Homemade Chicken Stock
Chicken stock is simply chicken meat, on the bone, boiled for a few hours with some vegetables and aromatics for flavor. This recipe is inspired by America’s Test Kitchen - they did all the work to figure out which cuts of meat, how much, and what aromatics to add for the cleanest tasting stock.
Chicken Broth adapted from America's Test Kitchen "Slow Cooker Revolution"
Makes 3 quarts
1 quartered onion
3 pounds of chicken wings
5 chicken feet (optional)
12 cups or 3 quarts of water
a little pour of apple cider vinegar (optional)
3 mashed cloves of garlic
A dash or so of salt
Cook it on high for 3-5 hours or on low for 6-8 hours.
Remove the big pieces and strain the liquid.
Now sit it, uncovered in the fridge to cool.
When it’s completely cooled, you’ll have this nice little layer of fat to skim off. Because it’s solidified, it comes off more easily than if you tried to remove it when it’s still hot. This way is also more thorough.
Now you can divide it into storage containers to freeze! Freeze in 1 or 2-cup portions so you can defrost only what you need when you need it.
An important point to remember is when you put the stock in the fridge to cool, leave it uncovered. If you cover it, it may not cool down fast enough and it’ll ferment and turn sour.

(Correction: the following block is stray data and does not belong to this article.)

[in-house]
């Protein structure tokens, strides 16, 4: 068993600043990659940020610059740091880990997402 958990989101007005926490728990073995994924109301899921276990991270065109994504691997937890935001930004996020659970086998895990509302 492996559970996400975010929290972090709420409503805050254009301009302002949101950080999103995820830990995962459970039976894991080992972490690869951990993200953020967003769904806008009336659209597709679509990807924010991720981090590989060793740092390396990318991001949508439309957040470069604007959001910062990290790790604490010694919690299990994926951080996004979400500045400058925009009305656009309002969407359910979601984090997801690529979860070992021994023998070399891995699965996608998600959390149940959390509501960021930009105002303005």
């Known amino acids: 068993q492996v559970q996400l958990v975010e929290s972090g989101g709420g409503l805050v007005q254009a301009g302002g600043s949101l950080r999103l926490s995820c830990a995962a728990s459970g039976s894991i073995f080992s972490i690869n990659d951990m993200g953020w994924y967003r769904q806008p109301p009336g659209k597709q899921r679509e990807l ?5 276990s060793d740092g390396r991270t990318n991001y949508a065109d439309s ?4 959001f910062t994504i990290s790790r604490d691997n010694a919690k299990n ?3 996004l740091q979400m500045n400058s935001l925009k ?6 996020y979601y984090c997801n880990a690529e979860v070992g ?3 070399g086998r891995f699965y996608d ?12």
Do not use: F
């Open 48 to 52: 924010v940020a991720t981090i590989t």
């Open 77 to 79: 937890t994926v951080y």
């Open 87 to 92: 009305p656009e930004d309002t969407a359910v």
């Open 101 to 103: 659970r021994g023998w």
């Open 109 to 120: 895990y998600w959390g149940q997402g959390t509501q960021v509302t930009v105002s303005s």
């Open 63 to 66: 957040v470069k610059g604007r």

In case you’re wondering, the chicken feet are absolutely optional but they are absolutely wonderful for adding gelatin to your stock! Gelatin is the healing property of stock, so I definitely want that.
And the vinegar is also optional. I don’t think it influences the flavor enough to notice, but I add it because it helps to draw more nutrients out of the bone.
How long can stock keep in the fridge?
I’ve seen sources say anywhere from 3 days to a week. I don’t let mine sit for more than 3-4 days in the fridge. In the freezer, it can stay for up to 3 months, but I usually use all mine up quicker than that. Everyone agrees though, that it’s safest to bring refrigerated or frozen stock to a full boil before using. I’ve even seen a source say to boil it for at least 5 if not 10 minutes before using it.
America's Test Kitchen "Slow Cooker Revolution" Notes:
Whole cut-up chicken = too fussy
Chicken backs, legs, and necks = too livery-y
Chicken wings = clear and refined
Longer cooking time yielded a better broth up to a certain point. After 8 hours on low or 5 hours on high, no improvement could be tasted.
Use a muffin tin to measure out 1/2-cup portions for freezing.